The Journey is also linked with Jung’s process of Individuation. In the process of becoming a whole in-divid-ual, Jung tells us that we need to descend into the unconscious, return, and repeat the process as often as necessary. Jung’s process is associated by “old school” Jungians as aimed for the second half of life, but I don’t buy that for one second.

Hero’s Journey, circular, continuous… Point made? Good. So, here’s where my thoughts were going.

In our current phase of epic literature [“literature” includes film, television, and any other “text” within myth/popular culture], our epics are episodic. Historic epics, such as The Odyssey and Moby-Dick (a nod to my Epic professor, Dennis Slattery), have episodes built into the larger Hero Journey of the character, but are themselves not episodic. By episodic, let’s consider Harry Potter.

Harry has a single journey that spans all seven volumes—to defeat Voldemort and rid the wizarding world of an evil. This single journey’s latent meaning involves breaking his bond with Voldemort, and individuating, moving beyond the Boy Who Lived and to become Harry.

Each volume of the series is itself a complete Hero Journey. In the first book, his Journey is to rescue the Sorcerer’s Stone, the second is to rescue Ginny from the Chamber of Secrets, etc. Each journey brings him ever closer to the ultimate boon battle with Voldemort.

The limitations of words on this blog make the image I’m trying to convey a little difficult, but work with me here. The Little Hero’s Journeys build upon each other and culminate in the Big Hero’s Journey. Kind of like a spiral, with the first story being at the top moving down:

Though I’d prefer to imagine it the other way around, moving from narrow bottom up, but I couldn’t find a suitable image.

This new kind of Epic Hero’s Journey is nicely situated for integrating Campbell’s Monomyth with Jung’s Individuation. It’s a process. With each level, we gain experience and magical helpers that give us the strength to ultimately face that Bad Guy at the end of the game. (A notable exception is Epic Mickey. Again, something for another day.) We can see this Epic Monomyth at play in many different myth outlets these days, of which Harry Potter is only one voice. Others that immediately come to mind include Buffy, the Vampire Slayer, The Hunger Games, and Star Wars.

And seeing the Hero’s Journey in this way makes it a better roadmap for our lives. Imagine what our world would look like if we imagined progress as a spiral and not as a linear evolution?

For your viewing pleasure, I pilfered this from overthinkingit.com (credit due where credit is due):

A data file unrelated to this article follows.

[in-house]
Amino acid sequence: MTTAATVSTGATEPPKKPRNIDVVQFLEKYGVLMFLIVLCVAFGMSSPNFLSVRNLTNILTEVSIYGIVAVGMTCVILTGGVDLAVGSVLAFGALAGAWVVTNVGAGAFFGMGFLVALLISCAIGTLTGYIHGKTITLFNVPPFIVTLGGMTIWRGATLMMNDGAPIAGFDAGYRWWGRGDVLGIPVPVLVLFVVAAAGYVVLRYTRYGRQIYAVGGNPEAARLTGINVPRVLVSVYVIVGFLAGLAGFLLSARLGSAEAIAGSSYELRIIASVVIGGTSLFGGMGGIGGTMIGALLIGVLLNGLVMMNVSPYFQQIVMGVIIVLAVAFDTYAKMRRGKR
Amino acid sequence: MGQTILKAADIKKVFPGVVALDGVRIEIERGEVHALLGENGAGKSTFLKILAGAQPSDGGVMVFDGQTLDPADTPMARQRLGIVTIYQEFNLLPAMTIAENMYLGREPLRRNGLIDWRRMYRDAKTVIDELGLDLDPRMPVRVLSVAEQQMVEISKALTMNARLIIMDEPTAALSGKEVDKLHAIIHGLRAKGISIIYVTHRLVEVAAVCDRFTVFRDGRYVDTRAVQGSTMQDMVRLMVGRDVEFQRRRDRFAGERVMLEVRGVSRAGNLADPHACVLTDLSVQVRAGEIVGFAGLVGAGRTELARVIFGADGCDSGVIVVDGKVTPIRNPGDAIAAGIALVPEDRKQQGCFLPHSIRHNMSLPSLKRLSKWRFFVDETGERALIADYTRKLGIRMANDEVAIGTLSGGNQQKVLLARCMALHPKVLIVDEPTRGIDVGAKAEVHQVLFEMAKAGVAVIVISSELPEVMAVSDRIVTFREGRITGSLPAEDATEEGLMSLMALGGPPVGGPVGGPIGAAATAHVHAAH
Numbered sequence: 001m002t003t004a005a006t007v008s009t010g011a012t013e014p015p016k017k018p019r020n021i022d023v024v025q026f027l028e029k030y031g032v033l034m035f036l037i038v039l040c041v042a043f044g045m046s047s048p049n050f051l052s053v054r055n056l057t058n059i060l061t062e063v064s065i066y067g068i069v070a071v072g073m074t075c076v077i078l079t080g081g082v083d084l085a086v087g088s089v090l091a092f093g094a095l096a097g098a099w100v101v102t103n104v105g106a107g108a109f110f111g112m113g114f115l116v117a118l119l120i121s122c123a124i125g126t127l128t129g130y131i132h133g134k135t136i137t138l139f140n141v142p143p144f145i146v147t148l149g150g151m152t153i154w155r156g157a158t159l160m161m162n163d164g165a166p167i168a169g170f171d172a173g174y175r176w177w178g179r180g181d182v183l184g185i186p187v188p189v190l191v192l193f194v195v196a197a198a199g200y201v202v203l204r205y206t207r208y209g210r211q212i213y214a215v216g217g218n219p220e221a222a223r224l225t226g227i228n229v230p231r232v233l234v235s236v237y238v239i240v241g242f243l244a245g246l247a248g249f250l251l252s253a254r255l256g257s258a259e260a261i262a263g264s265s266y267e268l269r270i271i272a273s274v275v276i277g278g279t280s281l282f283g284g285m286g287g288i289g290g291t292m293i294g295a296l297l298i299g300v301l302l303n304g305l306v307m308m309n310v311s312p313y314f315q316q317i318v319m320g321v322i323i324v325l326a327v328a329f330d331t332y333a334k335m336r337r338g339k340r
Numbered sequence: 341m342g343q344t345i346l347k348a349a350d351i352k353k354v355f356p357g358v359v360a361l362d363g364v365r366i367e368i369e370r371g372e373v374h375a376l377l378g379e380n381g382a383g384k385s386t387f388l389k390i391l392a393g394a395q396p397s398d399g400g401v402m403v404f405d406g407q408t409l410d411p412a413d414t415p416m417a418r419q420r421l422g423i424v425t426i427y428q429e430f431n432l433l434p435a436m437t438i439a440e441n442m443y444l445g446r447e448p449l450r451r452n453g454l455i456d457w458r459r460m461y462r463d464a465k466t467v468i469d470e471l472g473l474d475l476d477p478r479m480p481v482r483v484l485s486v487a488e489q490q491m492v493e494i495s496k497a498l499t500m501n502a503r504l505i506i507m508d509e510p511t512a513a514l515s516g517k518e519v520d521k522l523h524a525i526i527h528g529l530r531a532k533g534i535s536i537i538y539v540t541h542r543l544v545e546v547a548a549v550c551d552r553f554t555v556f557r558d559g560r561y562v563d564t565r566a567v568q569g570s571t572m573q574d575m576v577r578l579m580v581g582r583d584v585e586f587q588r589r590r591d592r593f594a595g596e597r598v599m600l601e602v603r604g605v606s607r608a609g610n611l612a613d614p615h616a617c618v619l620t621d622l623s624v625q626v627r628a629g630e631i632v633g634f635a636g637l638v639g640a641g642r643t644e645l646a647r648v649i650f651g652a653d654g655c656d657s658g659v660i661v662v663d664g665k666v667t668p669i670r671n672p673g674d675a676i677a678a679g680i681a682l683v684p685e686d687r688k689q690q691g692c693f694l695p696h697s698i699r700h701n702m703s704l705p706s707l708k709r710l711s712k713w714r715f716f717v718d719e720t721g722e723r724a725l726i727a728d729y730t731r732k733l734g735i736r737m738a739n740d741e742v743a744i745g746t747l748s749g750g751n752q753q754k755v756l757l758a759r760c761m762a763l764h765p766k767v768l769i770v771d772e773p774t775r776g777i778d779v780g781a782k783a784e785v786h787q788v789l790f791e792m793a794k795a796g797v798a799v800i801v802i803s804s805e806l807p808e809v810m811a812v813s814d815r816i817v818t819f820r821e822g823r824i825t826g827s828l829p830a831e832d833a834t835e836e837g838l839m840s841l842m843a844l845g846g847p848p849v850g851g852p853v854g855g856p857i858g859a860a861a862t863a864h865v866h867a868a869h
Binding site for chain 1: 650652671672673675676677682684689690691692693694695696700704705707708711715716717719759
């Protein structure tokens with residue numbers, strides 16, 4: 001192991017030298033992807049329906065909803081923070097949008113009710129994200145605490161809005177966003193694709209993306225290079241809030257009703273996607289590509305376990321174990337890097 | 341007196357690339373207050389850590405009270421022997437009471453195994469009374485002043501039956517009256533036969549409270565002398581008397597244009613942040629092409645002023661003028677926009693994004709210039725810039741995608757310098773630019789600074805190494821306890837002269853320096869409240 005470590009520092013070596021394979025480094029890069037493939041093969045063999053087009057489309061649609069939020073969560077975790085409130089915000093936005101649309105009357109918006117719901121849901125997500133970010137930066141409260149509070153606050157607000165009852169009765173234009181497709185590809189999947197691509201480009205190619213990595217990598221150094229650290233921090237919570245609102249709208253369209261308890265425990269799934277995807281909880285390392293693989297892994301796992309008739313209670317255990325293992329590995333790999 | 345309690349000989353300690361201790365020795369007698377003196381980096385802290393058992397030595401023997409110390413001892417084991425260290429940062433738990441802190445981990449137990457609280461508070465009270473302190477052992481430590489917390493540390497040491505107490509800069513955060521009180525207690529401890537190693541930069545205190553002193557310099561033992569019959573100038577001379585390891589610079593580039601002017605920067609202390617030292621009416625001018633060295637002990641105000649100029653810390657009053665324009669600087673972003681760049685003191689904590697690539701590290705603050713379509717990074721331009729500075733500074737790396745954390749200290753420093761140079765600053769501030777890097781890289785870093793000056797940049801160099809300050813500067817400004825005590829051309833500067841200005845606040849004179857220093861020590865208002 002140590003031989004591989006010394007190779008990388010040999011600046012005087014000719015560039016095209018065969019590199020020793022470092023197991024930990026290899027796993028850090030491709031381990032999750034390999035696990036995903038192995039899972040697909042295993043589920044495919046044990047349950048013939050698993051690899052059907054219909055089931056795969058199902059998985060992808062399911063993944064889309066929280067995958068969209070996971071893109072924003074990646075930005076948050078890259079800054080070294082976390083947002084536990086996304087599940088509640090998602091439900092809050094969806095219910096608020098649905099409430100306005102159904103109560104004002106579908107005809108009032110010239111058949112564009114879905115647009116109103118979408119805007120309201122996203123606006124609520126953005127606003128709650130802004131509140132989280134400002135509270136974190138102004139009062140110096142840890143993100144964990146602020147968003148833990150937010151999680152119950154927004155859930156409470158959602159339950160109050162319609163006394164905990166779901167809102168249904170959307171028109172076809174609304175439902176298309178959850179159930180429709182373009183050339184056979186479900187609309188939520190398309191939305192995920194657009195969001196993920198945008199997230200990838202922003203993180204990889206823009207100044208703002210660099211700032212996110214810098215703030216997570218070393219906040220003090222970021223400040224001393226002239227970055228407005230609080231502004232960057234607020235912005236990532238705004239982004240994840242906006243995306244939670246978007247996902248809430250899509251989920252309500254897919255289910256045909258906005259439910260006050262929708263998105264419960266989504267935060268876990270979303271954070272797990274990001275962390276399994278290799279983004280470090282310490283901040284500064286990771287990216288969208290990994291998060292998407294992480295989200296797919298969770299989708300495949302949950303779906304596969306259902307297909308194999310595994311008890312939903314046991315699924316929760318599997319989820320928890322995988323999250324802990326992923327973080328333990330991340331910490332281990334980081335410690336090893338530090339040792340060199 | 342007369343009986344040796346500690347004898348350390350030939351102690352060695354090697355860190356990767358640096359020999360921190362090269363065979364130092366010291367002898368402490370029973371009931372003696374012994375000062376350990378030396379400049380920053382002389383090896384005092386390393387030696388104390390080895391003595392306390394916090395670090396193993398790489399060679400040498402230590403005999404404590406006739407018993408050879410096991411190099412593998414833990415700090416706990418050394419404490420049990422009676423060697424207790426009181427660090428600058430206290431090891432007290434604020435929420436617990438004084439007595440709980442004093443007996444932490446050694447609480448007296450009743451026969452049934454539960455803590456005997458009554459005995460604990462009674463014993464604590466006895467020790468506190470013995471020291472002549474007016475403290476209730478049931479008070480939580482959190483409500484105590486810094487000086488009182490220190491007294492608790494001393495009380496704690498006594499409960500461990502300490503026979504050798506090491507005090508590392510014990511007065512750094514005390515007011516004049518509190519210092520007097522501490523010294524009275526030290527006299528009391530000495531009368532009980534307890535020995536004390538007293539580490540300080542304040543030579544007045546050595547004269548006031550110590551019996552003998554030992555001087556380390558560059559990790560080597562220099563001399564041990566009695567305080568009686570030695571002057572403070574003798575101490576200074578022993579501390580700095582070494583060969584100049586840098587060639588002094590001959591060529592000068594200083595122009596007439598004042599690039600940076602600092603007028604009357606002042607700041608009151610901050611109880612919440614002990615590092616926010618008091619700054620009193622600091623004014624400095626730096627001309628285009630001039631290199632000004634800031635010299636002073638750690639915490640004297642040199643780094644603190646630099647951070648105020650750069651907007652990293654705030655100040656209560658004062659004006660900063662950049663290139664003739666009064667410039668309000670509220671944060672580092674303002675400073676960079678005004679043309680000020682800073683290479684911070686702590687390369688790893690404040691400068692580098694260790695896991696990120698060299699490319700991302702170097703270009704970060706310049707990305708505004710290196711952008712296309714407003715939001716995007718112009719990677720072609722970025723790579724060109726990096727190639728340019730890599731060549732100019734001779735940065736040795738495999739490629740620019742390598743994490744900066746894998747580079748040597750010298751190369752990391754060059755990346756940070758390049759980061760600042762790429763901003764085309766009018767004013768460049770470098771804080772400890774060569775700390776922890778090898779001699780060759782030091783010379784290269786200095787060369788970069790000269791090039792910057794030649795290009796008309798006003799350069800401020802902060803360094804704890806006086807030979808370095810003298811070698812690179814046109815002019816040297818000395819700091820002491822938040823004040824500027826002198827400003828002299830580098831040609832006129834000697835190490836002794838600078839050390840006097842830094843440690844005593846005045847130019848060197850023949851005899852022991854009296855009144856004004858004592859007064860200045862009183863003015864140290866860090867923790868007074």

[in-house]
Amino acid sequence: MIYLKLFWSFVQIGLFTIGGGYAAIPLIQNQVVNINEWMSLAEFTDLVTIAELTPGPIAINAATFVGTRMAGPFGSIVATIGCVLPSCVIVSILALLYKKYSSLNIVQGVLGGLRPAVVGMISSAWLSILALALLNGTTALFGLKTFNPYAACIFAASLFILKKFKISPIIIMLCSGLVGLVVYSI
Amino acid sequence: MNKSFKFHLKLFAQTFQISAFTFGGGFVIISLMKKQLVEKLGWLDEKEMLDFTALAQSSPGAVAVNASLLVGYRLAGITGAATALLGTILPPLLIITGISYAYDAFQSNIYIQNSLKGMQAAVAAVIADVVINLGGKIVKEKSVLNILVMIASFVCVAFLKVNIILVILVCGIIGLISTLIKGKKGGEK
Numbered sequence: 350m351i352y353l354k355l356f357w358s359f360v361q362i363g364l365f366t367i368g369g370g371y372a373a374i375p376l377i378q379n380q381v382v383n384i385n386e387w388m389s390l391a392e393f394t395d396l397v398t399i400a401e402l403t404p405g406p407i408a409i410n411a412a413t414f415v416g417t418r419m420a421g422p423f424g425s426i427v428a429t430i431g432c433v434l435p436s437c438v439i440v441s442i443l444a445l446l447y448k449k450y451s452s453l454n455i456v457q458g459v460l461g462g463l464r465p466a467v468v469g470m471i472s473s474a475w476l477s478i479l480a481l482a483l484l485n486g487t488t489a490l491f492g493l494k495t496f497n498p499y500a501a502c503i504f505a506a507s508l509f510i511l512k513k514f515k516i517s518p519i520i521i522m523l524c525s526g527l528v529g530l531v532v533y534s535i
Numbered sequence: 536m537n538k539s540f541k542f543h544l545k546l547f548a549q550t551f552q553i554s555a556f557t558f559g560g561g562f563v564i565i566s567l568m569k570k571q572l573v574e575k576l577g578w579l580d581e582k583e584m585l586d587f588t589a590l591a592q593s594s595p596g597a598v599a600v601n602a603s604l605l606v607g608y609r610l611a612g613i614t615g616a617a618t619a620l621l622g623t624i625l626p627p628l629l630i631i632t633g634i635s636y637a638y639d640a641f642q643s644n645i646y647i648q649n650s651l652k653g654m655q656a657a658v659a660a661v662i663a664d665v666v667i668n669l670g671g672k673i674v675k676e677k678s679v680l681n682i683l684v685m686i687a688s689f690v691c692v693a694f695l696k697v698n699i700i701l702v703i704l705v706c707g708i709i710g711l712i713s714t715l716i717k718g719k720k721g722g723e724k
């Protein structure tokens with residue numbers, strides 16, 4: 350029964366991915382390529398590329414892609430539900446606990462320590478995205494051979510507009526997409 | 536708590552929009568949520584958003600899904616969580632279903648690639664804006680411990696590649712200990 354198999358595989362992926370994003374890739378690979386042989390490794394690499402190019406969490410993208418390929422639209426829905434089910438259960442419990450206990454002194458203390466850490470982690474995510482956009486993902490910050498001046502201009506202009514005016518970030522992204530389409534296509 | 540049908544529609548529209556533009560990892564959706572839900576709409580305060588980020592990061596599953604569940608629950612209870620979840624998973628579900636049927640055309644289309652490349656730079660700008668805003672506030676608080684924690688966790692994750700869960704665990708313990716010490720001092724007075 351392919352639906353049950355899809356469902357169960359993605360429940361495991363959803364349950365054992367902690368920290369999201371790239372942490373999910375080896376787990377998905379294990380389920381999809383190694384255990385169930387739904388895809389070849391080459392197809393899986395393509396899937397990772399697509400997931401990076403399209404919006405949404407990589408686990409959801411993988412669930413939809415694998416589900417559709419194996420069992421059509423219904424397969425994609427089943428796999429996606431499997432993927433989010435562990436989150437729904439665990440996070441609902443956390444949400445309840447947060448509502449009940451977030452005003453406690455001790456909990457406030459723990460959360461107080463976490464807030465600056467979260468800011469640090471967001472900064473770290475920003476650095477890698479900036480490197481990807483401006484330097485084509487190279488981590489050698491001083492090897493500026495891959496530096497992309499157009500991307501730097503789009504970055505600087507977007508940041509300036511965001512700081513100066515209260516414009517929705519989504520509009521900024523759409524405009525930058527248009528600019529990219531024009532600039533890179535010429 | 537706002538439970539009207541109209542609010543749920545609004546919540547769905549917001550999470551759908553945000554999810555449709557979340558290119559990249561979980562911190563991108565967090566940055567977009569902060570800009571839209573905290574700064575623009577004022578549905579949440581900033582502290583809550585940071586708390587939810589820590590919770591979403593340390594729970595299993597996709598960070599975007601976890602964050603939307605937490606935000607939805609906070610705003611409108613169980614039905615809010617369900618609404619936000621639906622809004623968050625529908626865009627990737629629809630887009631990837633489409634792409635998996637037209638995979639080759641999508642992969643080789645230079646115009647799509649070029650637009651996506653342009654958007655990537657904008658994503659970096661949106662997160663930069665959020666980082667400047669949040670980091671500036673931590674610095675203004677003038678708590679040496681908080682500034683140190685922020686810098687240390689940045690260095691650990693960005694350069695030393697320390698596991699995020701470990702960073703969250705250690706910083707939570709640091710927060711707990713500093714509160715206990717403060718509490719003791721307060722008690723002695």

I Believe in Santa

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As a new Mommy, the Santa question has crossed my path more then once. You know, “We can’t decide whether to raise our kid with Santa. We don’t want to mess with the whole Naughty or Nice thing.” My response is always an emphatic, “REALLY?!?!” Here’s why:

Disclaimer: I’ve never bothered to explore the history of St. Nicholas. Today is no exception.

In our society, Christmas seems to have been stolen by the consumers. Like Lucy van Pelt, the holiday is about presents–the ones we will receive. I do confess to buying myself gifts and wrapping them to make sure I have something to open on Christmas. But, it shouldn’t come as a surprise to you, Dear Reader, that I am unashamed about being a consumer. I see it as the American Way.

Because the consumers have absconded the holiday, religious groups have responded with calls to put the CHRIST back into CHRISTmas. Apparently, religion and culture can’t coexist? But they can–this is the backbone of America’s identity. That whole separation of church and state thing.

Santa falls into the consumer category. He brings gifts to all the girls and boys, which translates to the parents try to get their kid awesome toys for Christmas as “Santa gifts.” Usually these are big ticket. Santa never brought clothes in my house.

If you’re Nice, maybe you’ll receive the new game system. If you’re Naughty, maybe you’ll get a lump of coal.

Santa, as an American myth (there are different Santas in different cultures. The basic myth remains the same), is not about presents, behavior modification, or consumption. Santa is the embodiment of the light needed during the winter months. He is the Spirit of Love, Kindness, Generosity and Giving. It’s no accident that his holiday follows the Winter Solstice. (Pagan rituals not withstanding.) When we are at our darkest, Santa helps light the way, and fill our hearts to hold us over until Spring.

All religious celebrations at this time of year that I know about are all festivals of light. The same point. But we don’t sit on the lap of Baby Jesus and share our wishes for the year. Santa is both grandfather and confessor. He nurtures and comforts when we need it most. The suicide rate goes up this time of year. If only we all had Santa!